Arabian/Morgan Cross

Black Bay, Gelding | DOB: 2006 | ARRIVAL: 01/02/2021 | 14 Hands HANDS

During my first view of the starved equine, I thought his skeletal frame looked more like that of a dinosaur than that of a horse.  The gelding’s dull black coat appeared to stretch nearly beyond its limits to cover his protruding ribs.  Kim and I tenderly placed our hands over the gaunt hide in front us.  In contrast, the hollow, yet soft expression in his eyes gave him a grandfatherly appearance. 

I was surprised to learn he was only in his early teens, an age in which most horses are in their prime.  Curious, I asked if the gelding would be up for adoption.

“Not at this time,” the Deschutes County Sheriff’s officer soberly replied.  “He is currently being held as evidence relating to neglect charges. The gelding’s previous owners are battling to regain custody over him.  We are not able to adopt him out until the case is closed.”

Somberly, Kim and I followed the officer to the next paddock of rescued equines.  I silently prayed, asking God would show us how we could help. 


Months earlier, Kim shared with me how Crystal Peaks used to have a close working relationship with the Sheriff’s Department and it was her desire for the strong bond to be reestablished. She offered to help me connect with officers she used to work with and meet new ones who had joined the force more recently.  Our first contact was with Mariya Luefven.  She served as a field technician who operated the Deschutes County Sheriff’s Rescue Ranch.

The Sheriff’s Ranch was founded after the Millican rescue, the largest equine seizure in Oregon State history (detailed in Bridge Called Hope).  During this event over one hundred and thirty emaciated horses were removed from a backyard breeding operation.  The legal entanglement of housing such a large number of livestock spurred the County to acquire property for the purpose of safely confiscating animals in need.  Having a dedicated facility ensured the County was able to immediately begin rehabilitation for the animals who were starving or wounded.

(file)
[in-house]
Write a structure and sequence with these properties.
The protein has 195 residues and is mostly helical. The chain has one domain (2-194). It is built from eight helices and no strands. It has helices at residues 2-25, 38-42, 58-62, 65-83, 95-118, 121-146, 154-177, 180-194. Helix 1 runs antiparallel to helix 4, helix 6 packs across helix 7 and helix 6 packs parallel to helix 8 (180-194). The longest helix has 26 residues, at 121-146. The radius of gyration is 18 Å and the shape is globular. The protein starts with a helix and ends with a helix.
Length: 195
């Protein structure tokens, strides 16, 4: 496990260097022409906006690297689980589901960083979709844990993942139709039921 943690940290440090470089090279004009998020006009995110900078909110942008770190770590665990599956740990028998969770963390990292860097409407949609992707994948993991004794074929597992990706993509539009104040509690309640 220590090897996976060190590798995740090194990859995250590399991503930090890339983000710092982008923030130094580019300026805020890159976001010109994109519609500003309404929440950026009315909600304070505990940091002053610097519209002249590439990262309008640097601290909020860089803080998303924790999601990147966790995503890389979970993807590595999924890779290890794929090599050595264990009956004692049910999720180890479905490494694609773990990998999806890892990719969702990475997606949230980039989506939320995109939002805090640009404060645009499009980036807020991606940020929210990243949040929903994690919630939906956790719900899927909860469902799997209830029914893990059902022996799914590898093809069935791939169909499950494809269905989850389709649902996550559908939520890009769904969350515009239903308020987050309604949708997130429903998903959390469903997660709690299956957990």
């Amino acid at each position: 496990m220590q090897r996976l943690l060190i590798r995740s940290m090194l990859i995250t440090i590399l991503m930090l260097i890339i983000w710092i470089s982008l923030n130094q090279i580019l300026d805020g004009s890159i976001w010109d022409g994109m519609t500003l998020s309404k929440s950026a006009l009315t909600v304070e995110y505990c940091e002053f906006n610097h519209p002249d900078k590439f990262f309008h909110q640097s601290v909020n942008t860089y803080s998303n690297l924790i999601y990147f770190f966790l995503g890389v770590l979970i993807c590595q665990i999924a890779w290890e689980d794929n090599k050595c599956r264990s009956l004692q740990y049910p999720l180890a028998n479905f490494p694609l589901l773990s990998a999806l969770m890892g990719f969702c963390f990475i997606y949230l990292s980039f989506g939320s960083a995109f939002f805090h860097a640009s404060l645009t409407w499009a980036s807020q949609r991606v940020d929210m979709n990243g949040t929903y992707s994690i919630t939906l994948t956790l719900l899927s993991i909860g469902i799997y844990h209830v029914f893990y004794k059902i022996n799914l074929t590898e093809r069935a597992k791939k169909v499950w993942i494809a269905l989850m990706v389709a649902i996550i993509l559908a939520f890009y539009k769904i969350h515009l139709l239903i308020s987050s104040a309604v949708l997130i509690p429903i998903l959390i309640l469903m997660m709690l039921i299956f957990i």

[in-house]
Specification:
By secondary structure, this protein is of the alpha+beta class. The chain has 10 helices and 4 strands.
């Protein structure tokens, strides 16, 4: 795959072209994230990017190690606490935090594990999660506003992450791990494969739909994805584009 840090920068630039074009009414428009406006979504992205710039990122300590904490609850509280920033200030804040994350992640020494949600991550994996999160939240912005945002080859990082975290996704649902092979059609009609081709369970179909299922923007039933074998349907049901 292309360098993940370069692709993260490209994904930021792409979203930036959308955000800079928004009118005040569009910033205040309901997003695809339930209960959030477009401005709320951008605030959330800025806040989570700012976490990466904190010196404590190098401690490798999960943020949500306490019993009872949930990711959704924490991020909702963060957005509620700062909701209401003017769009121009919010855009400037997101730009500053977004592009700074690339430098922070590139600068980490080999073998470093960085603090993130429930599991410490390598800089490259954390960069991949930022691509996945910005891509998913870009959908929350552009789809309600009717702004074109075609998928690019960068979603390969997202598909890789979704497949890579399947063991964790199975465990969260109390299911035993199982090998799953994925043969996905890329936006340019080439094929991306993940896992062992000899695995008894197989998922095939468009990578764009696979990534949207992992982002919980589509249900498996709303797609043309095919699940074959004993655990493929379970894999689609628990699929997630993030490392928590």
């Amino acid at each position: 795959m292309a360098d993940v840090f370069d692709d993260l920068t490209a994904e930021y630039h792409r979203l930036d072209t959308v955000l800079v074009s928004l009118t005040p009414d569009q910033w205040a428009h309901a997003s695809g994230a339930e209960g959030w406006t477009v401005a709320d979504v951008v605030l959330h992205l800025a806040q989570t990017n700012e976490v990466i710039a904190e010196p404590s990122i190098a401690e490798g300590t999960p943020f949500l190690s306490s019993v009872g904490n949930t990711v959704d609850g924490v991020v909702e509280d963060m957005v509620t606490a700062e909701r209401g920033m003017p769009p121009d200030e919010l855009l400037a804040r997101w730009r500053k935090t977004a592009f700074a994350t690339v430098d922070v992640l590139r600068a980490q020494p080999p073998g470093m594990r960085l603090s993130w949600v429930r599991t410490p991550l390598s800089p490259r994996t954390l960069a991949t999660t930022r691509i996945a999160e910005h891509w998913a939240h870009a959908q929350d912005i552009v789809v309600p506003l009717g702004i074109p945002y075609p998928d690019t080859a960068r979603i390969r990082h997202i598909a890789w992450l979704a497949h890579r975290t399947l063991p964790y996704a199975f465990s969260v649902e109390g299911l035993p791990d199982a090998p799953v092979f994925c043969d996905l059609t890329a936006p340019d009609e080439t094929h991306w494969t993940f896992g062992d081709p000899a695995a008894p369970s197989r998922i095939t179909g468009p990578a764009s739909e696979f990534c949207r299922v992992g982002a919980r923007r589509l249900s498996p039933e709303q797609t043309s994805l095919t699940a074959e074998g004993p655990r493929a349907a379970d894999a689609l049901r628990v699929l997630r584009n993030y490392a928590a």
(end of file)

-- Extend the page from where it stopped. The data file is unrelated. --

Mariya invited us to come visit the Sheriff’s Ranch and meet the most recently rescued residents.  On our tour, Kim and I encountered the black horse.  Mariya described how the Department recently seized the neglected gelding along with his two pasture mates.  The owners were contesting for repossession.

The gelding’s withered frame testified to his mistreatment.  Mariya shared how he had already gained a great deal of weight since his arrival. I knew under her deeply compassionate authority, the dark horse would receive the highest standard of care toward recovery.

During our time together, I noticed—despite the serious nature of her work—Mariya displayed a confident joy.  Under her diligent attention, the animals at the Sheriff’s Ranch were thriving.  After our tour was complete, we promised to stay in touch. 

Back at Crystal Peaks, the team and I prayed for God to show us how to come alongside the Sheriff’s Department and Mariya in their current work.  We trusted Jesus to show us the way.

Mariya and I remained in communication.  After a full season for Crystal Peaks—and the Sheriff’s Department—she let me know they had a gentle gelding that might be a good fit for our children’s riding program.  Kim and I returned to the Sheriff’s Ranch to meet the little horse. We were introduced to small gelding with a passionate spirit.  I smiled to see he was quite chubby and appeared to be an easy keeper.  Mariya shared that he was about 15 years old and possibly an Arabian/Morgan cross.  His dark coat and white facial markings looked familiar to me.  I felt gears jamming in my brain, but I couldn’t quite place him . . .